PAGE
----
(Jenna Dennison Photo) The remains of a pig that underwent natural organic reduction.

(Jenna Dennison Photo) The remains of a pig that underwent natural organic reduction.

New, green burial methods available to islanders

Alkaline hydrolysis and natural organic reduction offer greener options than traditional methods.

When thinking about funerals and burials, one might immediately think of a traditional casket burial or a cremation. However, two new burial methods have come to Washington state and are now available at Island Funeral Service.

Alkaline Hydrolysis and Natural Organic Reduction, which both became legal in Washington as of May 1, 2020, are two new “dispositions,” or burial methods from which individuals can choose.

Both new methods are significantly more environmentally friendly than traditional burial or cremation, said Lisa Devereau, the funeral director at Island Funeral Services. For example, cremation uses a considerable amount of fossil fuels, as the crematorium must run at 1700˚F for four to six hours during a cremation.

In contrast, alkaline hydrolysis places a body inside a vessel Devereau describes “like an iron lung.” This vessel is then filled with 300˚F water, along with lye. After about four hours, the body dissolves. The bones are removed from the vessel and pulverized. The result looks like talcum powder.

According to Devereau, the powder can be scattered similarly to ashes received after a cremation. There is also reduced fossil fuel usage, even though alkaline hydrolysis does use a significant amount of water. The process was first legalized in Washington, though it is legal in 19 states in total. Five other states in the U.S. have legislation pending that would make alkaline hydrolysis legal.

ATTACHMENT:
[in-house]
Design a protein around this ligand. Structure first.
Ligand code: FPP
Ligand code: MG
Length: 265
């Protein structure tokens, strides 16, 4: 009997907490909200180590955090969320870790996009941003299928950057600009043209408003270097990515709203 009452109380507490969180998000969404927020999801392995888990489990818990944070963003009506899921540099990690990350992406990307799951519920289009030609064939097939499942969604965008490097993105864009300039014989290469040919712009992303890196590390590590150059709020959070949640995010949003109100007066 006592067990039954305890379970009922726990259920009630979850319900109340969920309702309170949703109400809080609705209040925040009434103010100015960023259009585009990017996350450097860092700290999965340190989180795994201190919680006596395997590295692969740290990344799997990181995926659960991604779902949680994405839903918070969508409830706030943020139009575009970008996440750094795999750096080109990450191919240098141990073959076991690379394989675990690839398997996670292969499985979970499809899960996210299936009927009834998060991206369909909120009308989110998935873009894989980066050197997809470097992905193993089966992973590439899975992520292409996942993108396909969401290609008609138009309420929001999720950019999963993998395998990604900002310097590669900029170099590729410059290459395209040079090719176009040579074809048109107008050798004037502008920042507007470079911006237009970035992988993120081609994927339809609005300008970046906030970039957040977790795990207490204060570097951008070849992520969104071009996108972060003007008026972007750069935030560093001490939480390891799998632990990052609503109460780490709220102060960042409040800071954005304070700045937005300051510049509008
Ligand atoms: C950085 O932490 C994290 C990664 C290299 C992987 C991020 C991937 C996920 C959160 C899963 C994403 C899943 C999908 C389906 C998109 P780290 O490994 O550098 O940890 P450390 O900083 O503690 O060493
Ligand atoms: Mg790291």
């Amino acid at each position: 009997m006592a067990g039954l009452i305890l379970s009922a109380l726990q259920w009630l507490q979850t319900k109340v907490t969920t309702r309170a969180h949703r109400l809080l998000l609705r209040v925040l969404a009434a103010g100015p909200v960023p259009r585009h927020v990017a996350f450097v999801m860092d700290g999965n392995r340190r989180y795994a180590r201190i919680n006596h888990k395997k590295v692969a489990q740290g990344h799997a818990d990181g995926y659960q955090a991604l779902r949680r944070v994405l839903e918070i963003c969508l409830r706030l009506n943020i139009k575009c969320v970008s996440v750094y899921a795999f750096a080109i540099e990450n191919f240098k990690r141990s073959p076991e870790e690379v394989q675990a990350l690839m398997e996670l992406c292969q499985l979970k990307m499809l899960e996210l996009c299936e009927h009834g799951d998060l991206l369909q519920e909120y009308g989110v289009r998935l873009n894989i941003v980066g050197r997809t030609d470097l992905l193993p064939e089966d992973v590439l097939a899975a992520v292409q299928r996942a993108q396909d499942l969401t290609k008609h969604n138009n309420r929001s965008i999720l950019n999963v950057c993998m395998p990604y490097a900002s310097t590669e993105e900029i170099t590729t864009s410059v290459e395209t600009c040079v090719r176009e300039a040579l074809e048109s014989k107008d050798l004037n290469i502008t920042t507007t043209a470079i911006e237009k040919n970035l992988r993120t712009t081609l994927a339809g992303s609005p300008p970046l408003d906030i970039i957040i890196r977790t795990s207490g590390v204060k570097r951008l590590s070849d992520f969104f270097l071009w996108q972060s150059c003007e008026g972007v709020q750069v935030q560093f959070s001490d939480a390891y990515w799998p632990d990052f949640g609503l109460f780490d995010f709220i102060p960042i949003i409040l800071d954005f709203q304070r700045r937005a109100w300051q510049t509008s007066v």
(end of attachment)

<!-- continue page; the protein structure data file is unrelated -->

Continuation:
Natural organic reduction, sometimes referred to as “human composting,” is another green option individuals can choose for themselves. Devereau has worked with Auburn-based Return Home, which offers natural organic reduction.

Return Home has 74 vessels on-site, in which a body is placed in a bed on alfalfa, straw and wood chips in a 2:1 ratio in accordance to the body’s weight. Oxygen flows through the vessel, which breaks down the body into soil. The soil is then removed from the vessel to rest, and packaged for the deceased family members to take home.

There is also an option for the soil to be donated to a land restoration project that Return Home partners with, in Kent.The entire process roughly takes about 60 days to complete.

For a 200-pound person undergoing natural organic reduction, there would be twelve 50 pound bags of soil left at the end of the process, said Devereau.

As an example of what the end results of natural organic reduction look like, Devereau keeps a small, white ceramic container in her office filled with the remains of a pig that underwent natural organic reduction. The remains look and feel almost identical to that of beauty bark that you would find in a garden.

Devereau has seen interest in both alkaline hydrolysis and natural organic reduction. She has, so far, done one natural organic reduction and 15 alkaline hydrolysis cases this year.

She is encouraged by the interest, especially considering that the legalization of both methods occurred only 18 months ago.

“People want to be green,” said Devereau. “People want to do less damage in their life, and what a great thing to be able to do less damage at the end. That’s pretty huge.”

Regarding concerns from individuals that the new methods may be disrespectful to those who have died, Devereau said it is “just a matter of how you see respect.”

“We have to take good care of our dead,” she said. “It’s important.”

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